I took it to the extreme (which I *never* do. Ever.). I decided that being a girl was just WAY too complicated and stressful, and being boyish, literally, was easier. After all, no one ever gets on girls for wearing loose t-shirts and cargo pants. (Well, unless you're super-extra conservative, but thankfully my family was never on the "we should wear long-skirts and sweaters always" train. I might have died.)
T-shirts - especially unisex styles - are the epitome of modesty, especially when they have sometimes slightly clever appropriations of pop culture sayings on them, with a Christian twist. My personal favorite when I was 14 was a shirt that said "Talk to the Hand" with a picture of Jesus' hand with a nail sticking through it and blood dripping down. Plus a Bible verse. It was what I considered my most hardcore shirt. Oh, and the best part? The name of the company that made this shirt was "Yahwear" (I wish I was making that up).
So fast forward 12 years, and I've had a number of changes of theology (thank GOD). I'm still a tomboy, don't get me wrong. I still rarely wear anything fancier than jeans and a t-shirt, but the jeans are women's jeans not men's cargo pants, and the shirts are cut for women and have necklines that I'm still getting used to. I'm slowly trying to buy more things that I could potentially wear in a professional setting, even though that's an expensive endeavor (non-standard size shopping is the worst). I own more than one dress that I didn't have to buy for choir, even if I don't wear them that often. Buying them was difficult enough. I'm working on the whole wearing them bit.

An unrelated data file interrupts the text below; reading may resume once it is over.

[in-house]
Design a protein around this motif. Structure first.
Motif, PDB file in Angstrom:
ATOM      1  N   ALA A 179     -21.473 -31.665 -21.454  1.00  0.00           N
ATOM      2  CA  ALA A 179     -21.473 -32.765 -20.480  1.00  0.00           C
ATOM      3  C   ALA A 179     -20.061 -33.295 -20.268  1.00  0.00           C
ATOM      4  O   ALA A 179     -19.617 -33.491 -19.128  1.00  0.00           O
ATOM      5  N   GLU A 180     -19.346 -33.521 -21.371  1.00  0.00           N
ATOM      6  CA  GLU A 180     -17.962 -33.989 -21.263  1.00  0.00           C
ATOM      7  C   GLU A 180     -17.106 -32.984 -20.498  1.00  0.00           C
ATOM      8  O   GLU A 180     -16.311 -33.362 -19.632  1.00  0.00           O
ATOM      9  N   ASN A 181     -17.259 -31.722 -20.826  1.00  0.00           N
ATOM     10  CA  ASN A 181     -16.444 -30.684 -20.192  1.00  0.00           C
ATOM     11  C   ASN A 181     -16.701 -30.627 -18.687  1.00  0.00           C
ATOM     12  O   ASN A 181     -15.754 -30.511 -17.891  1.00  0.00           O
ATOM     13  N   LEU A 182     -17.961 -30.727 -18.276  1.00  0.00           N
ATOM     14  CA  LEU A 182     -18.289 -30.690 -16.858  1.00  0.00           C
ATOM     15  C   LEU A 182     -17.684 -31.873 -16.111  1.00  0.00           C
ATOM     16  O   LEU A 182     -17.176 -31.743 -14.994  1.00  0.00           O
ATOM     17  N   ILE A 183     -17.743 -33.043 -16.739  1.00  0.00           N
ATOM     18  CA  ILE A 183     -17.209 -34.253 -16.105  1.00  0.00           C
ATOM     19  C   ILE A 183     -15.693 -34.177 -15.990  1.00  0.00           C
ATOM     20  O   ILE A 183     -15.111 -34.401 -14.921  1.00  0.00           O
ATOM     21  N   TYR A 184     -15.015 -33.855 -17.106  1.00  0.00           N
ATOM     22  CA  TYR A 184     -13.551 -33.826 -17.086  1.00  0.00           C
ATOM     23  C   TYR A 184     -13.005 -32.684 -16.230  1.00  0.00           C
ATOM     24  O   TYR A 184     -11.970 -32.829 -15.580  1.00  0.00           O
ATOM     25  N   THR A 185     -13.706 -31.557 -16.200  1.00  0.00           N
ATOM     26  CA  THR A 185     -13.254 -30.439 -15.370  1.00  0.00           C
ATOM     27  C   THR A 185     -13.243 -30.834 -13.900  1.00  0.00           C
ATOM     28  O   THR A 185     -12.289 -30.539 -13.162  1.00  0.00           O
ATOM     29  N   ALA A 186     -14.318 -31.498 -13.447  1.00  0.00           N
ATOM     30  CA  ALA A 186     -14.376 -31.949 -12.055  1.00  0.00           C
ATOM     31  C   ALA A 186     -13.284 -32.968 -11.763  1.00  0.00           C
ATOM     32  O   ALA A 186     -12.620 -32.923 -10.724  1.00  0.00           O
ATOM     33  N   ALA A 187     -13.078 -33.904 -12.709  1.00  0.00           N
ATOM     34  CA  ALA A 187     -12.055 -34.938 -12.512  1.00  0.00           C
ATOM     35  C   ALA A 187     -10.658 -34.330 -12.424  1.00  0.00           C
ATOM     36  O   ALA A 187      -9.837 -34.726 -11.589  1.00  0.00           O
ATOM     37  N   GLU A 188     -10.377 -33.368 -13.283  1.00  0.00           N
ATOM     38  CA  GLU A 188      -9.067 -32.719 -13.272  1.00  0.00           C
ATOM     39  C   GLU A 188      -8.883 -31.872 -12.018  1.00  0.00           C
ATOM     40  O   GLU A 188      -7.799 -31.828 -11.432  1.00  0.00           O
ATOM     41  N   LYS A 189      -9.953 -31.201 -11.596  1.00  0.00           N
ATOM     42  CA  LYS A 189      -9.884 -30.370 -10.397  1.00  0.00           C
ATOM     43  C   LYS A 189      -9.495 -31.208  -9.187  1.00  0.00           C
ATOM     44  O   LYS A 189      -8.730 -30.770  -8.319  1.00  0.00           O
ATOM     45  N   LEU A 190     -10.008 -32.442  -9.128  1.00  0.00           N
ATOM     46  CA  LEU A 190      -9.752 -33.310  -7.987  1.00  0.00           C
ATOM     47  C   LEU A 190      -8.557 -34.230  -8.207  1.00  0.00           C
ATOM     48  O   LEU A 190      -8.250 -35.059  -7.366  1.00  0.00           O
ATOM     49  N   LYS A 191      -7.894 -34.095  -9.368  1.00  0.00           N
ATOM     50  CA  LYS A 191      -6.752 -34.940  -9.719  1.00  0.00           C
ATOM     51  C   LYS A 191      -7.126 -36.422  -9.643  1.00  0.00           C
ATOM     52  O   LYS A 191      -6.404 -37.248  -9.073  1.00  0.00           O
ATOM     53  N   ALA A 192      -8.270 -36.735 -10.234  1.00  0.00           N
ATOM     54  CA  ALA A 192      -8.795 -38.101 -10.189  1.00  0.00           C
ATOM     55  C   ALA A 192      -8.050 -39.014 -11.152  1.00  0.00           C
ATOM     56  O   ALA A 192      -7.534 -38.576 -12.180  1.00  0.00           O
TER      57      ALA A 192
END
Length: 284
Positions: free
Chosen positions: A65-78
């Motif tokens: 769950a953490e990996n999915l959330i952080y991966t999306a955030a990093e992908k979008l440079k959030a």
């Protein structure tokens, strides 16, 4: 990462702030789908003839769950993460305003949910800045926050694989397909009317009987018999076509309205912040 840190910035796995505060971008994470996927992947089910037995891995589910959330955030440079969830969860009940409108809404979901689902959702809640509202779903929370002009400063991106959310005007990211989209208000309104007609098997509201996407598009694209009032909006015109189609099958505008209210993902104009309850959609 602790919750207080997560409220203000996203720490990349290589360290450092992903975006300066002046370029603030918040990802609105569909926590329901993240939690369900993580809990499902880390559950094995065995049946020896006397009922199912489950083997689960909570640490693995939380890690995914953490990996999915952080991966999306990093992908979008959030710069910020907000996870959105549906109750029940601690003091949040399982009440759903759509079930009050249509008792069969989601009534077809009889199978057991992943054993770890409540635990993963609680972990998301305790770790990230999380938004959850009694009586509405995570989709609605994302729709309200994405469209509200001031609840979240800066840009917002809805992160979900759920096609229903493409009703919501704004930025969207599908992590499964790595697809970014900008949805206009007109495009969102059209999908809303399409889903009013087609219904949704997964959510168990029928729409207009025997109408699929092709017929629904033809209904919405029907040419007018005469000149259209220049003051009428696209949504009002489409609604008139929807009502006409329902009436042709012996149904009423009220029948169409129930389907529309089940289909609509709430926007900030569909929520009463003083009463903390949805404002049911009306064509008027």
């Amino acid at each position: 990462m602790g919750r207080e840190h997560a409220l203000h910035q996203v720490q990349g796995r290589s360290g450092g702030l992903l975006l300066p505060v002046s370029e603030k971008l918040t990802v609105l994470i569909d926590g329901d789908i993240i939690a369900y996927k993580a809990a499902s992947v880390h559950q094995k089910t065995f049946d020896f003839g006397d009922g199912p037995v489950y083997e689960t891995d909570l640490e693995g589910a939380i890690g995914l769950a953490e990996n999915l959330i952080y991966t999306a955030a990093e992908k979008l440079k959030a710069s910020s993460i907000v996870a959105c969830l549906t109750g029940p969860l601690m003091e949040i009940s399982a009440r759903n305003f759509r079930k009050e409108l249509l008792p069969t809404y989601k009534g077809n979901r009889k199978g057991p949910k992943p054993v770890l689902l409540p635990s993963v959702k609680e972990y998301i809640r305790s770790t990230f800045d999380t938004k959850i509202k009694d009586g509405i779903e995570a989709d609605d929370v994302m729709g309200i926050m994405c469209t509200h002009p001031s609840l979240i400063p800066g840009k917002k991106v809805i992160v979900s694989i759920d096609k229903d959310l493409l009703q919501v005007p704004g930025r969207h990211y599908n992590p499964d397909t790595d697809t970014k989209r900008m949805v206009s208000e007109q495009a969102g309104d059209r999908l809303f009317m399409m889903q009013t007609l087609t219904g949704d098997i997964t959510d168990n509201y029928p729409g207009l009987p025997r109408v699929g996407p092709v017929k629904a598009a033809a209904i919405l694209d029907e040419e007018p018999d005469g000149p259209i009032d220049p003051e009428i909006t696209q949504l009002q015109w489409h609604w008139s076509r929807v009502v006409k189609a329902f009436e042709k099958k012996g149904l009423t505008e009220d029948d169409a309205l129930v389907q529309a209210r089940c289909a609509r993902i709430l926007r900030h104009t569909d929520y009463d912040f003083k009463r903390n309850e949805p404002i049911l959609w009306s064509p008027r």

See, this teaching was buried deep in my brain, and I'm trying to pull it out piece by piece, because I realize how it skewed my perspective on everything. It taught me to believe that my body was shameful, before I even had much of a body to be ashamed of. Somehow, just by virtue of being a girl I was heaped with all this extra responsibility. Be modest, make sure your shorts are longer than your fingertips, skin-tight clothing may as well have been invented by the devil, necklines are really dangerous, especially if you have big boobs, but we can't actually say that so we just preach the gospel of the undershirt and the camisole because OH BY THE WAY you're still somehow required to look cute and girly, and be into makeup (though not too into it, because beauty is also dangerous), and want to wear dresses, because that's what boys want, but don't you DARE actually try and draw attention to yourself with your looks because then you're causing them to sin.